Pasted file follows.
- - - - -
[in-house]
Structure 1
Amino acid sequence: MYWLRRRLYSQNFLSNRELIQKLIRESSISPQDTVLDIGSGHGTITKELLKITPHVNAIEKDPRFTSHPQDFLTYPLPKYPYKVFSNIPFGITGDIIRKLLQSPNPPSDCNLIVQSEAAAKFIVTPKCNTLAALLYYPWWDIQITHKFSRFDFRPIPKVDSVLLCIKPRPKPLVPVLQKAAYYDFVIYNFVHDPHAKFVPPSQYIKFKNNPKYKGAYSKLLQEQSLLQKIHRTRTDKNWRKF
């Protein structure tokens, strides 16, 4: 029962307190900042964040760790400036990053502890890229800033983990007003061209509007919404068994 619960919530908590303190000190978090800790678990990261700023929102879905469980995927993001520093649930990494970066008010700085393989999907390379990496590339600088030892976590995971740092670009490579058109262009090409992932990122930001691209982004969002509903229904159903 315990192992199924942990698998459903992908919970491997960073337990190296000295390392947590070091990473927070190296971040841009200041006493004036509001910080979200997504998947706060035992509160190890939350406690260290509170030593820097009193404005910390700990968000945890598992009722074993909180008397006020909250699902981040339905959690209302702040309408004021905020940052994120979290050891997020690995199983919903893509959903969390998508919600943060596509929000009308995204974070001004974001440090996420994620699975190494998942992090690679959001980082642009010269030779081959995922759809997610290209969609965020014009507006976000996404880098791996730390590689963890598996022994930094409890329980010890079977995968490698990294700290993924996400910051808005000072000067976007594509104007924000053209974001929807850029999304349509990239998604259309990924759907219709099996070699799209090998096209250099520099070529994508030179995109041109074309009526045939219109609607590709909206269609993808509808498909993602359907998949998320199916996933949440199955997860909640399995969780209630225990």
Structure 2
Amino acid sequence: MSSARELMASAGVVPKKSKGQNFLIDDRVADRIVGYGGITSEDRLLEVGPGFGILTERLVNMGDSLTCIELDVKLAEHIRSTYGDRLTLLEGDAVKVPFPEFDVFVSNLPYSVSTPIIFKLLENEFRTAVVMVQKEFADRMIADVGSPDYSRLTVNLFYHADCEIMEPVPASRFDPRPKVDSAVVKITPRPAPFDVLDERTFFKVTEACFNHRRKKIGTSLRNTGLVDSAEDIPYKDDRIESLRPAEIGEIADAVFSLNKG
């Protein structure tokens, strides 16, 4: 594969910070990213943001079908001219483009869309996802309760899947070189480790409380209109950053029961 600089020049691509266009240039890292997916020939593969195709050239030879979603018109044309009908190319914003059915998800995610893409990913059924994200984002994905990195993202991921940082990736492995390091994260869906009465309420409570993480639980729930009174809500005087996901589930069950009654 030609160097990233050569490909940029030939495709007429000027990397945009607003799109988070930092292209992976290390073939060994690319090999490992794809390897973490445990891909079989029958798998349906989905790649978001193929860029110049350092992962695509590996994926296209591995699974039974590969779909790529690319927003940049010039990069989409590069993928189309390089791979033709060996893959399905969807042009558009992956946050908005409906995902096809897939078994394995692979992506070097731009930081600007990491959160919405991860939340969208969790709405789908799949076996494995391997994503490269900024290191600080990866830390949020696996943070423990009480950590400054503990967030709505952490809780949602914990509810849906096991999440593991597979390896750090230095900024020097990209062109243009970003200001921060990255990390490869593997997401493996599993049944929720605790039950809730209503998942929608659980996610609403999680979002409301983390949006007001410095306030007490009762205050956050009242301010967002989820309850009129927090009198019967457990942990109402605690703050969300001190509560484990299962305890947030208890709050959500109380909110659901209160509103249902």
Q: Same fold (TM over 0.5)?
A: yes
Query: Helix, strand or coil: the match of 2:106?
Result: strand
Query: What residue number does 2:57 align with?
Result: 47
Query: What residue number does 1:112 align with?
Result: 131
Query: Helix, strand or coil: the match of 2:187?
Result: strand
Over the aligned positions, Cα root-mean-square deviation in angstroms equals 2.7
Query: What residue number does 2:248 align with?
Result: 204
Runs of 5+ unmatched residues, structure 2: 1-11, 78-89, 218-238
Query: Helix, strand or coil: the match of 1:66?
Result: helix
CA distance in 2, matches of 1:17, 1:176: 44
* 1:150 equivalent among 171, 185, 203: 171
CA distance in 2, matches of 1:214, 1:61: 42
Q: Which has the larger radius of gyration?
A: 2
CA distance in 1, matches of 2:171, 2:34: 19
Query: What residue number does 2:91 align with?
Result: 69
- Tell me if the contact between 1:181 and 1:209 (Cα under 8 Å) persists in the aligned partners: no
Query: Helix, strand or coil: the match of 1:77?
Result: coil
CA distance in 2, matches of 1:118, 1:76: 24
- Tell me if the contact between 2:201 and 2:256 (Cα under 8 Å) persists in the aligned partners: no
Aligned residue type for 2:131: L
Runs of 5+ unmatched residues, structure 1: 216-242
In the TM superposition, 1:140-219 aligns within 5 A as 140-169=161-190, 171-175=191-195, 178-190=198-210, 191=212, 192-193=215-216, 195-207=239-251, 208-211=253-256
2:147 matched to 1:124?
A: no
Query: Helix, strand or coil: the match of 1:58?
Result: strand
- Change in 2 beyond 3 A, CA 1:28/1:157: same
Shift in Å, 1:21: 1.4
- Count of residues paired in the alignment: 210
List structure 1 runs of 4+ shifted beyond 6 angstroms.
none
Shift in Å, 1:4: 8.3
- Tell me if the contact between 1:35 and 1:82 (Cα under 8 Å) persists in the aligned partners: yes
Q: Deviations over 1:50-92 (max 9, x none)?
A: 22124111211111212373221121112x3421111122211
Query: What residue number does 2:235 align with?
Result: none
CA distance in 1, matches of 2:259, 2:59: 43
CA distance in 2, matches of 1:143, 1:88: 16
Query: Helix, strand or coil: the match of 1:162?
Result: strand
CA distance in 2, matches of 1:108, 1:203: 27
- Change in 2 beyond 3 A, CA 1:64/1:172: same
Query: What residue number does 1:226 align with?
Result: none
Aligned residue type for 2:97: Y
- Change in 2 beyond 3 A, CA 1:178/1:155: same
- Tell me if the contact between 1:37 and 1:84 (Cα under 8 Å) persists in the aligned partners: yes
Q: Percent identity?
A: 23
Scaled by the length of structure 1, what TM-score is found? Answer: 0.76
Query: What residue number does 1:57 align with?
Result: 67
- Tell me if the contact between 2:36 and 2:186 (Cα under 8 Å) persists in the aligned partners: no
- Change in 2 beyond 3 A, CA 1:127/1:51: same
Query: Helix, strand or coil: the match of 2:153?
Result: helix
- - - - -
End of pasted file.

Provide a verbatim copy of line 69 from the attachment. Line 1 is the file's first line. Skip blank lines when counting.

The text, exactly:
Query: What residue number does 1:57 align with?